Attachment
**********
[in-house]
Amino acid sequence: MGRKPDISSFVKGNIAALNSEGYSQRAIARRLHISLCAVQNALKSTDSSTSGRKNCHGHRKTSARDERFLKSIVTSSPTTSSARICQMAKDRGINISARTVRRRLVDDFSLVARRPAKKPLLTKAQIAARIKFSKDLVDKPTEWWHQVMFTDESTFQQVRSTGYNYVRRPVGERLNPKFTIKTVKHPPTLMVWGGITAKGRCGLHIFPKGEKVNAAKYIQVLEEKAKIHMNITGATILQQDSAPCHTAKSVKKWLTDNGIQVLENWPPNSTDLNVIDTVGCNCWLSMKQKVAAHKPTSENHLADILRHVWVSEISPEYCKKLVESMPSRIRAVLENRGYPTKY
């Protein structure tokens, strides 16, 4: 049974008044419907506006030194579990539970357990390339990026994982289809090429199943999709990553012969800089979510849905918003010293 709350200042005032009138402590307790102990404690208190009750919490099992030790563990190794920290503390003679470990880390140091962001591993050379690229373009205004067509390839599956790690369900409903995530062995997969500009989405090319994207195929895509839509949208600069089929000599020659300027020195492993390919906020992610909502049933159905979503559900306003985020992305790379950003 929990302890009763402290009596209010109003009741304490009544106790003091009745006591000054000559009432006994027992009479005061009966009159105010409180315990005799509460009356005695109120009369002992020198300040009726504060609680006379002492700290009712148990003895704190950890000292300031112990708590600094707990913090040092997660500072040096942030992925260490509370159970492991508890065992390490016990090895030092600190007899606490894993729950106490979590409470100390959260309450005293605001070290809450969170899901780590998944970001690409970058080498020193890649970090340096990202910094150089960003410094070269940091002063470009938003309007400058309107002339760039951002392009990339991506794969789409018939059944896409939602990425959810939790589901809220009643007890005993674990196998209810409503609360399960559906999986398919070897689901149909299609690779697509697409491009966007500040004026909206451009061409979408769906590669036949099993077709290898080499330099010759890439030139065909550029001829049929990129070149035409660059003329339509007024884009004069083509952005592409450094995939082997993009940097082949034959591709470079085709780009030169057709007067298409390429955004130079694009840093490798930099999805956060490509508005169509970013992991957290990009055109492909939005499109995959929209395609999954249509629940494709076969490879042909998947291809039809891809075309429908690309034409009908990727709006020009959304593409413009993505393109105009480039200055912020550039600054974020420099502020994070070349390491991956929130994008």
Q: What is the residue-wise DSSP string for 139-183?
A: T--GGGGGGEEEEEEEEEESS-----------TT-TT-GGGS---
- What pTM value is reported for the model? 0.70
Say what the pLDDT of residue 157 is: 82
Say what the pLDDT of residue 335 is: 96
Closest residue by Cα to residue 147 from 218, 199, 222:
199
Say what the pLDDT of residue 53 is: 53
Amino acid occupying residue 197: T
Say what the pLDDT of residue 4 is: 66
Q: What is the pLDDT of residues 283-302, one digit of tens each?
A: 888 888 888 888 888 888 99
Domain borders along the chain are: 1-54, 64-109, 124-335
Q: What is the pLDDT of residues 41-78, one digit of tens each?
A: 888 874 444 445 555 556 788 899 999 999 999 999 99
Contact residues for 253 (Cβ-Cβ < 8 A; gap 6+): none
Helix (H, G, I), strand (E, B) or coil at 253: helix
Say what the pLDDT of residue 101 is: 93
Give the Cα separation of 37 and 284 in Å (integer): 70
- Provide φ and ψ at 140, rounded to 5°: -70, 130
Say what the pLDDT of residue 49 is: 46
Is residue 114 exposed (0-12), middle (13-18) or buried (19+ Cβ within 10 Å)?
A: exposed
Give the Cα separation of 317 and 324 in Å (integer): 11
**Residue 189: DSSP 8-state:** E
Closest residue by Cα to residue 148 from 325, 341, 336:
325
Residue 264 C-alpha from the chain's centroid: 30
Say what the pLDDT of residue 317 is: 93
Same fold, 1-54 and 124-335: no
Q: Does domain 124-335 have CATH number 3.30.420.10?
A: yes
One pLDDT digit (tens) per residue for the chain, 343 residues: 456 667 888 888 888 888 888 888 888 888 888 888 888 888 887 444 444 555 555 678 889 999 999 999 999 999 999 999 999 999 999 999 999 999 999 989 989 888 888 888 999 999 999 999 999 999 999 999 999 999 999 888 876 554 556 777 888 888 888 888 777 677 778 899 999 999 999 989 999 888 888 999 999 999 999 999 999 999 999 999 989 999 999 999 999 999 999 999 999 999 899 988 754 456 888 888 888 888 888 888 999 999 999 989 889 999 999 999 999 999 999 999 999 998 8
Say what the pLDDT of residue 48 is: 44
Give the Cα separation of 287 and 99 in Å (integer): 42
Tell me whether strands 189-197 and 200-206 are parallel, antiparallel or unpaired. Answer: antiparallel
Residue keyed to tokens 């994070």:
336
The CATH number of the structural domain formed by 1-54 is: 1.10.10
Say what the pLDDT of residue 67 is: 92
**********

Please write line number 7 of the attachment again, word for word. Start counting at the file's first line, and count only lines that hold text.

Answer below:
Say what the pLDDT of residue 157 is: 82